Railroads here have their history dating
back to January 10, 1853 when the Memphis & Little Rock
chartered by the state of Arkansas. It first completed a 38-mile line
connecting Hopefield (near Memphis) and Madison (the railroad's first
train also pulled six bales of cotton) and eventually the company would
complete its 133-mile main line between its namesake cities by 1871 (it
was originally built as a five-foot gauge system). After numerous bankruptcies
the M&LR route eventually was purchased by the Choctaw, Oklahoma,
& Gulf Railroad (the Choctaw Route) in 1900 and this company would
later become part of the Chicago, Rock Island & Pacific Railroad
system (Rock Island). As the years progressed so did the state's
railroad mileage, which quickly surpassed 800 by 1880.
During the railroad industry's golden era the state would be home to several now-classic fallen flag railroads which include Missouri Pacific Railroad; Chicago, Rock Island & Pacific Railroad; St. Louis-San Francisco Railway (Frisco); and Kansas City Southern (still operating). Of these railroads the Missouri Pacific by far had the most trackage in the state and the Union Pacific Railroad today operates nearly half of the state's total route mileage thanks in large part to the MP's heavy concentration in Arkansas.
Although the state's railroads have been reduced in number through
mergers and acquisitions it is still home
to three systems; Union Pacific, BNSF Railway, and Kansas City Southern
Railway. Today, while UP dominates much of the state BNSF has trackage
rights on UP between Texas and Memphis and two lines between St. Louis
and Springfield, Missouri. KCS's mainline also runs along Arkansas'
western edge and is home
to the railroad's steepest grade at Rich Mountain. As for major
yards and facilities, the notable ones all belong to Union Pacific in
North Little Rock and Pine Bluff, along with a locomotive repair
facility also located in North Little Rock (Downing P. Jenks shop).
For a more in-depth look at Arkansas's rail mileage over the years please refer to the table above. During the state's heyday it saw a rail network that stretched more than 5,000 miles. However, today that number has fallen to just over 2,700 miles. At a loss of 48% of its railroad infrastructure, Arkansas's decline is not unusual as most states experienced similar decreases. Arkansas used to be home to several well-known passenger trains including the MoPac's Texas Eagle and KCS's Southern Belle. Today, however, the state is home to just one through passenger train, Amtrak's continued Texas Eagle, which makes five different stops across the state. These also include twenty-two different smaller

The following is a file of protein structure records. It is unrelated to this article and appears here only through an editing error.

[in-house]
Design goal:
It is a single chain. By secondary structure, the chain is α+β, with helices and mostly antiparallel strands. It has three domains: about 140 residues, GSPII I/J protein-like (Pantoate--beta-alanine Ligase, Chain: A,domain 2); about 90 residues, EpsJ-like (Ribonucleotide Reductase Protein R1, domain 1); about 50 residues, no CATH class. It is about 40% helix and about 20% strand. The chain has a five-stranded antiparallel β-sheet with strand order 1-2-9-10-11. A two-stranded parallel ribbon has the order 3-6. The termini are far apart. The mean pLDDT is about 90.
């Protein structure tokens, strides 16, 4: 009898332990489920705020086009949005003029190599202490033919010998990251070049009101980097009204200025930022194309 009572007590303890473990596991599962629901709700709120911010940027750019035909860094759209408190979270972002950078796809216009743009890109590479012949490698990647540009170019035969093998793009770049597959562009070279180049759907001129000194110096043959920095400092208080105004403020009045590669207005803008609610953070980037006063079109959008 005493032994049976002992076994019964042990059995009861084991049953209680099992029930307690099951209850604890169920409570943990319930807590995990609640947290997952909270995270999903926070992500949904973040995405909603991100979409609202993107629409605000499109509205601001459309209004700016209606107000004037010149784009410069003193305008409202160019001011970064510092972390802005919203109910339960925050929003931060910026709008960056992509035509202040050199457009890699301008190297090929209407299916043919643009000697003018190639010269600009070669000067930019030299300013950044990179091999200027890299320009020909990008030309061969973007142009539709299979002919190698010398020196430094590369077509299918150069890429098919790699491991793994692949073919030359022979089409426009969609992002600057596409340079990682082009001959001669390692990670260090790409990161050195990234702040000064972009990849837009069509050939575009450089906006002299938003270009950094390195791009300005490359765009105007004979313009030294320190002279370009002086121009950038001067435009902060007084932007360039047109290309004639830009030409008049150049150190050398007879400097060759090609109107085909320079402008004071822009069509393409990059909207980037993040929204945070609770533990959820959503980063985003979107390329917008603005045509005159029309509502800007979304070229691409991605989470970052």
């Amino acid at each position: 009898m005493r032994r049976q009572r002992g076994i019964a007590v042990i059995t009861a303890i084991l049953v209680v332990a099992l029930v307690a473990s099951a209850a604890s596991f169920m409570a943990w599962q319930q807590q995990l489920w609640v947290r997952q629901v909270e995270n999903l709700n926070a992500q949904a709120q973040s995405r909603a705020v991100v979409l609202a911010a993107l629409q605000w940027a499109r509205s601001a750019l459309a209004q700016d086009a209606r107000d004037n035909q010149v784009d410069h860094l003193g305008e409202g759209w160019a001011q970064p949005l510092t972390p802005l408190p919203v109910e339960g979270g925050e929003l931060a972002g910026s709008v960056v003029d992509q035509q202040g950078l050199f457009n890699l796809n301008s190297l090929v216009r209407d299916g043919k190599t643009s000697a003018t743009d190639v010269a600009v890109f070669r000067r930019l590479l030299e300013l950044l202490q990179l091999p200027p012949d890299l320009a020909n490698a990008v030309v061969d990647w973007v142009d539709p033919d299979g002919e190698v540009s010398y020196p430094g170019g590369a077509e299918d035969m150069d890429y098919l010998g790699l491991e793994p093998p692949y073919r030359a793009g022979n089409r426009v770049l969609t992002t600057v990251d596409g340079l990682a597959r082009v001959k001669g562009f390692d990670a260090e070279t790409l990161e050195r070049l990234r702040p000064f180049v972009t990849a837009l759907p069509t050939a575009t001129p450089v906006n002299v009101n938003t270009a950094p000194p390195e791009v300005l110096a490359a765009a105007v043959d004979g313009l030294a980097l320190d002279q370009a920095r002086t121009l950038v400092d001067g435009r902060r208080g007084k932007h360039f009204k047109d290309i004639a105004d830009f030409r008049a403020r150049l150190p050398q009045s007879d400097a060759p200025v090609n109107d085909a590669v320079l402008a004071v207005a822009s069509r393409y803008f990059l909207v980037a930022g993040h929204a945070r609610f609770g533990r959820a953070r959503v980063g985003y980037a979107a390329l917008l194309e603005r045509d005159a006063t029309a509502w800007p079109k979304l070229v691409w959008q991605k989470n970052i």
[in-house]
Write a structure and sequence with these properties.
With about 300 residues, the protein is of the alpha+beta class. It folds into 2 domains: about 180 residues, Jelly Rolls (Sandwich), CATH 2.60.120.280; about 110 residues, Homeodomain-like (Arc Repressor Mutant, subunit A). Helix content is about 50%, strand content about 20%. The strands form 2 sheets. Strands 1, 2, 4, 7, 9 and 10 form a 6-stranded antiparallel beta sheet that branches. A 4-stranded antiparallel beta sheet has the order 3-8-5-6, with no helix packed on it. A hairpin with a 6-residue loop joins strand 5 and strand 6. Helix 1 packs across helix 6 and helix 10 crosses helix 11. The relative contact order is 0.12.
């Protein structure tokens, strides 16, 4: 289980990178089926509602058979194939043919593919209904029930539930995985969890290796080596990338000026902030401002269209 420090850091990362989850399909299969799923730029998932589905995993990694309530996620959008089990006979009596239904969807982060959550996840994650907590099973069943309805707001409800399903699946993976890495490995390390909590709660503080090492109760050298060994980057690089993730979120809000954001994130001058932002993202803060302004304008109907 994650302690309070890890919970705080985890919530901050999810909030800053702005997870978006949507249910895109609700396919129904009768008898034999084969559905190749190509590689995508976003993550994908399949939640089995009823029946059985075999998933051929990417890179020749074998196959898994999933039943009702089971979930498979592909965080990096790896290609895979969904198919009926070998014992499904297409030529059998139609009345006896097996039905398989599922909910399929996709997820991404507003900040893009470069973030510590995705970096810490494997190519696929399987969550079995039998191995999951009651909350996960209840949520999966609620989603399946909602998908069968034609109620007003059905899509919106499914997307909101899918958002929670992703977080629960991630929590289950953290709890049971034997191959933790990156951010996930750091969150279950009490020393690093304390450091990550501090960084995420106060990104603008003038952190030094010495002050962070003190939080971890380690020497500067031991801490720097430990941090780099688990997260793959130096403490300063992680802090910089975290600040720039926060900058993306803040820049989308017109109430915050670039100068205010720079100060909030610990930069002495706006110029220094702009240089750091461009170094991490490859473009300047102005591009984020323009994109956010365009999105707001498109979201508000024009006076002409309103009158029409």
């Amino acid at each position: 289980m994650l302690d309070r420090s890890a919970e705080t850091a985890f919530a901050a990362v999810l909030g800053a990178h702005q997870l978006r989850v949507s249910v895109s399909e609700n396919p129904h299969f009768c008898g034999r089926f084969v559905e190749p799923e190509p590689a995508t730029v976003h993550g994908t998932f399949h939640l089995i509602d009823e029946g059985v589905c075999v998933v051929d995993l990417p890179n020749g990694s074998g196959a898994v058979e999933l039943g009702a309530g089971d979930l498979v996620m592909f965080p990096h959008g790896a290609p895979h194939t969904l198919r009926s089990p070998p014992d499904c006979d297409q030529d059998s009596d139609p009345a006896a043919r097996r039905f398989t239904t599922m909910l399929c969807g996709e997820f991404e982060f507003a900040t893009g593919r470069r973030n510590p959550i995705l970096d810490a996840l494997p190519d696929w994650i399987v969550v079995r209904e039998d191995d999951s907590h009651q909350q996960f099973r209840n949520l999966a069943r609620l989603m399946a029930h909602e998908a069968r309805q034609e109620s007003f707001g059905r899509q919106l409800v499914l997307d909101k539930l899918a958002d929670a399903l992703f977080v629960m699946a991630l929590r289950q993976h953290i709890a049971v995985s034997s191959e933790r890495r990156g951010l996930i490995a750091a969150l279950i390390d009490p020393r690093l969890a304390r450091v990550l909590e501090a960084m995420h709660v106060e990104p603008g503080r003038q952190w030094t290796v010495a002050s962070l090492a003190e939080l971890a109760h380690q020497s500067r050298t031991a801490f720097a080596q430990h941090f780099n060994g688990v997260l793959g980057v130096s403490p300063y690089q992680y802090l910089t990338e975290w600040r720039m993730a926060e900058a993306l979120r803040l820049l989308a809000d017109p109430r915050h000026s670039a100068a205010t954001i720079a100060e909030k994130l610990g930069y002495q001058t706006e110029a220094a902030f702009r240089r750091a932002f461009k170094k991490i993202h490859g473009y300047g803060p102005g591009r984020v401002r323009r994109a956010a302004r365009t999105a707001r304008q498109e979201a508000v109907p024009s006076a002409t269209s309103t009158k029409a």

Along with the state's one Class II, Missouri & Northern Arkansas Railroad many of its short lines include the Arkansas, Louisiana & Mississippi, Arkansas Midland Railroad, Arkansas & Missouri Railroad (home of a large fleet of Alco diesel locomotives, this line is definitely worth checking out!), Arkansas Southern Railroad, Bauxite & Northern Railway, Caddo Valley Railroad, Dardanelle & Russellville Railroad, Delta Southern Railroad, Delta Valley & Southern Railway, De Queen & Eastern Railroad, East Camden & Highland Railroad, El Dorado & Wesson Railway, Fordyce & Princeton Railroad, Fort Smith Railroad, Kiamichi Railroad, Little Rock Port Authority Railroad, Little Rock & Western Railway, Louisiana & North West Railroad, Ouachita Railroad, Prescott & Northwestern Railroad, and the Warren & Saline River Railroad.
Along with Arkansas's railroads, the state also features a number
of excursion lines and museums available to see. So, if you are either a vacationer
interested in something to do or someone with a serious interest in railroads you may
want to check them out. These include the A&M listed above,
Arkansas Railroad Museum and Cotton Belt Historical Society, Fort Smith
Trolley Museum, Eureka Springs & North Arkansas Railway, and the
Frisco Depot Museum. With everything Arkansas railroads have to offer,
from short lines to Class Is, a trip to see the Natural State is well
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